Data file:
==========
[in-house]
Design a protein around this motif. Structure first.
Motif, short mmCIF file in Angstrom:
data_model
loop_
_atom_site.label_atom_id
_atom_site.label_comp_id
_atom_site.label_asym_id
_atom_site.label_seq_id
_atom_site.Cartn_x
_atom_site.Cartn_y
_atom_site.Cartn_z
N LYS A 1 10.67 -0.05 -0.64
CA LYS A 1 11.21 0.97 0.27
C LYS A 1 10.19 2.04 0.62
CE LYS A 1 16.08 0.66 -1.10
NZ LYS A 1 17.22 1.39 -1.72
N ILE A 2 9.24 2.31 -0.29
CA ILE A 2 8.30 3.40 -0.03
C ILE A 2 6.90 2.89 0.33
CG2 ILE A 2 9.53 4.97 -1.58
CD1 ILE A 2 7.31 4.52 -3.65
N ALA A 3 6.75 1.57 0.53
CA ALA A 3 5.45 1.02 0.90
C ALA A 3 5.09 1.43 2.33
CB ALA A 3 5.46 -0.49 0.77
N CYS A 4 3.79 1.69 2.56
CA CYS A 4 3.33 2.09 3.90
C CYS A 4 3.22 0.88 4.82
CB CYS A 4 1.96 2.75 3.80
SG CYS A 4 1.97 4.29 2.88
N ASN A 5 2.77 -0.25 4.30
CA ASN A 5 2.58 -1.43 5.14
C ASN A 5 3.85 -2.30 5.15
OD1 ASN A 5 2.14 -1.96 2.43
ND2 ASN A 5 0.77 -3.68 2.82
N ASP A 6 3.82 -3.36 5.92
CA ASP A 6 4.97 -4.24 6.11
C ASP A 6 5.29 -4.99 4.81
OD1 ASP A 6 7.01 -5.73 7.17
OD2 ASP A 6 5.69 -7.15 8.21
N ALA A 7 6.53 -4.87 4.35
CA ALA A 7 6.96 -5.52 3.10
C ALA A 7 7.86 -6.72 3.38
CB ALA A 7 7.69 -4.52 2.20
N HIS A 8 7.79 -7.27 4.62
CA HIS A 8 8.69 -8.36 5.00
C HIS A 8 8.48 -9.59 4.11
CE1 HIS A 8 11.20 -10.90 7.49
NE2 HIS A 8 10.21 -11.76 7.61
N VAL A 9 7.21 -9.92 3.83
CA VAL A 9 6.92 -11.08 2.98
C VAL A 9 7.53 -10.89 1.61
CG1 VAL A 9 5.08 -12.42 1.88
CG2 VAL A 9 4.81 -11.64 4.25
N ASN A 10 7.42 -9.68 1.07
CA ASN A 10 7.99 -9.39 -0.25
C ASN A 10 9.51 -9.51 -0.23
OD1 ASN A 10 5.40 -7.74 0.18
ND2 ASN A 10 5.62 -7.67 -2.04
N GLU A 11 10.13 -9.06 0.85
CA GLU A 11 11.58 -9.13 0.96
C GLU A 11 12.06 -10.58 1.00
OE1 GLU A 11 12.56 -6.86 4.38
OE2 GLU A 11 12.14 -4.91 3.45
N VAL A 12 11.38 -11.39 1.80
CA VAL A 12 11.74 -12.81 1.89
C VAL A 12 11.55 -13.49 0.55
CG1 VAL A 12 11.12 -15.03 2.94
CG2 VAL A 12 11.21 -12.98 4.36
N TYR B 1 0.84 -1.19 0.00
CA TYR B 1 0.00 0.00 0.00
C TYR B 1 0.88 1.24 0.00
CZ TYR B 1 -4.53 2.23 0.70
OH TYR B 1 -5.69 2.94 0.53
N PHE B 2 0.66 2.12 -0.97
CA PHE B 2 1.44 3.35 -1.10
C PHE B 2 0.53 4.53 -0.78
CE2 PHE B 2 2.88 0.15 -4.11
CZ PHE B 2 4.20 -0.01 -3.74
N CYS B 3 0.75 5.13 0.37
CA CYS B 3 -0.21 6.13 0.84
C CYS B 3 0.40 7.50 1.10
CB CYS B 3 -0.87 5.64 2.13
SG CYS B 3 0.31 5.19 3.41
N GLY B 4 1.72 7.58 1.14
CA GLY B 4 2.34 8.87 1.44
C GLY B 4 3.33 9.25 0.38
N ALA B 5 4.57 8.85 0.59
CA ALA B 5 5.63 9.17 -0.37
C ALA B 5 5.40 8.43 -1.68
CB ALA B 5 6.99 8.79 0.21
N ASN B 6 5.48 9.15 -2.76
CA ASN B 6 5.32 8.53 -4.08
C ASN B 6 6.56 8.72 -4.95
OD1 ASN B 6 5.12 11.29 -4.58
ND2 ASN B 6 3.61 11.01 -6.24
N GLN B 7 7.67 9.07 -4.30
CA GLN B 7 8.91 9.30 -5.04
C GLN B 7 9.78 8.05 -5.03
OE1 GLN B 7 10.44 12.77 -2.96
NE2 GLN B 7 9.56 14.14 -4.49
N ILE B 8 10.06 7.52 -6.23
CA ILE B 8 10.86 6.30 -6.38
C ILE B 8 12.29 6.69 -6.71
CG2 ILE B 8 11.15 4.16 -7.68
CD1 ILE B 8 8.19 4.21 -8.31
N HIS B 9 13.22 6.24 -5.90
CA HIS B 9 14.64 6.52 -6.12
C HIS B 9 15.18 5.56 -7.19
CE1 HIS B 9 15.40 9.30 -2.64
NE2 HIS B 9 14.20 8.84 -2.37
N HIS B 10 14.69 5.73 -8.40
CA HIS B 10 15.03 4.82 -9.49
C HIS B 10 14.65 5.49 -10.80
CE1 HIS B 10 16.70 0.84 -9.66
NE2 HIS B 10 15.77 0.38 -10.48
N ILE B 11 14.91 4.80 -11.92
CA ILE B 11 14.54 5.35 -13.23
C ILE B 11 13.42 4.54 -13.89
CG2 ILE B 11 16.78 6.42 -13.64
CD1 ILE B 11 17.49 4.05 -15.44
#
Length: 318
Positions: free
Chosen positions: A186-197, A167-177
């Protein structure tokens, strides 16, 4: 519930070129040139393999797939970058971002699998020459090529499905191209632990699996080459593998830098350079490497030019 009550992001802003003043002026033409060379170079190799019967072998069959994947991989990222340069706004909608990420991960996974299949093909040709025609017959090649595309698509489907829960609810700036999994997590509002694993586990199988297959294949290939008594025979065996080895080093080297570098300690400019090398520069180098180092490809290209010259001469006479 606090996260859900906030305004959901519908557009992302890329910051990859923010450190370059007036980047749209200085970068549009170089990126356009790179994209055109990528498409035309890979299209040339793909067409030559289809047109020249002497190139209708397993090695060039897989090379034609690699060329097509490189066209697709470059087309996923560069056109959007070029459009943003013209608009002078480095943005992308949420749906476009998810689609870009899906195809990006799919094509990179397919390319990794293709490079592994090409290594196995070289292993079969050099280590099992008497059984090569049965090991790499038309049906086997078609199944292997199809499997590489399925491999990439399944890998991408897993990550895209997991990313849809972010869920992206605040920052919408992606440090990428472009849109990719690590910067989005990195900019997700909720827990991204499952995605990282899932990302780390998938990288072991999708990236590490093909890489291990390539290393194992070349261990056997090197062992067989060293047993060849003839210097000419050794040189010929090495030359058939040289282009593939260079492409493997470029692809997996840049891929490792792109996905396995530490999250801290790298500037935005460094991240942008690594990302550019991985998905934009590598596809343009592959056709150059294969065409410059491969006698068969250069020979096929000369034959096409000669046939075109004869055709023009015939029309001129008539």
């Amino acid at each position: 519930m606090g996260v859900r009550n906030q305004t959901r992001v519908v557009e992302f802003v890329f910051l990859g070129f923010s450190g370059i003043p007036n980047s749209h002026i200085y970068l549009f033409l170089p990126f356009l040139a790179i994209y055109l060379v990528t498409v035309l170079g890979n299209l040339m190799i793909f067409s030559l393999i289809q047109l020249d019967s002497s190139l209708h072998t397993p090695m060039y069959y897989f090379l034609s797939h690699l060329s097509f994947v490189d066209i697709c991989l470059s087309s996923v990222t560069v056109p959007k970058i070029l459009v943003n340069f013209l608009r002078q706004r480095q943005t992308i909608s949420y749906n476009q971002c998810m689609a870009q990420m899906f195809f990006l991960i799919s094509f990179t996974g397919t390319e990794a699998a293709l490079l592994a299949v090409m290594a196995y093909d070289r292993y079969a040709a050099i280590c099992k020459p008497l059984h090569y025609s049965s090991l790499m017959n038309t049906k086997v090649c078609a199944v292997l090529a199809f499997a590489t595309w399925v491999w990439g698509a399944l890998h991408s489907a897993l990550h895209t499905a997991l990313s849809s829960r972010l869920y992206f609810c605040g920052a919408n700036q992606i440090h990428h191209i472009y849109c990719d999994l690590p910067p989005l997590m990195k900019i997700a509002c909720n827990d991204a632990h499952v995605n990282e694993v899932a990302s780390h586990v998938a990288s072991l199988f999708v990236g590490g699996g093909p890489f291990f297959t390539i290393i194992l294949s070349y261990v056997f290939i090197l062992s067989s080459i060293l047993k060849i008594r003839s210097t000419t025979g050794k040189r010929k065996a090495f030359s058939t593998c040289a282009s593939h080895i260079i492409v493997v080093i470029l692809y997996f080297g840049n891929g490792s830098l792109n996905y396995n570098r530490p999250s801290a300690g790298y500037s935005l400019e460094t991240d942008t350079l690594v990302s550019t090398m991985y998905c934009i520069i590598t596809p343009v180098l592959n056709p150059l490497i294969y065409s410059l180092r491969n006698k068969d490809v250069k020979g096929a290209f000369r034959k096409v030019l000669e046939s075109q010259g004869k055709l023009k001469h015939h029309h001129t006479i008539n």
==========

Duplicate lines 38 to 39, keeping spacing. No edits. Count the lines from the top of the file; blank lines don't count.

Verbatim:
CA ASP A 6 4.97 -4.24 6.11
C ASP A 6 5.29 -4.99 4.81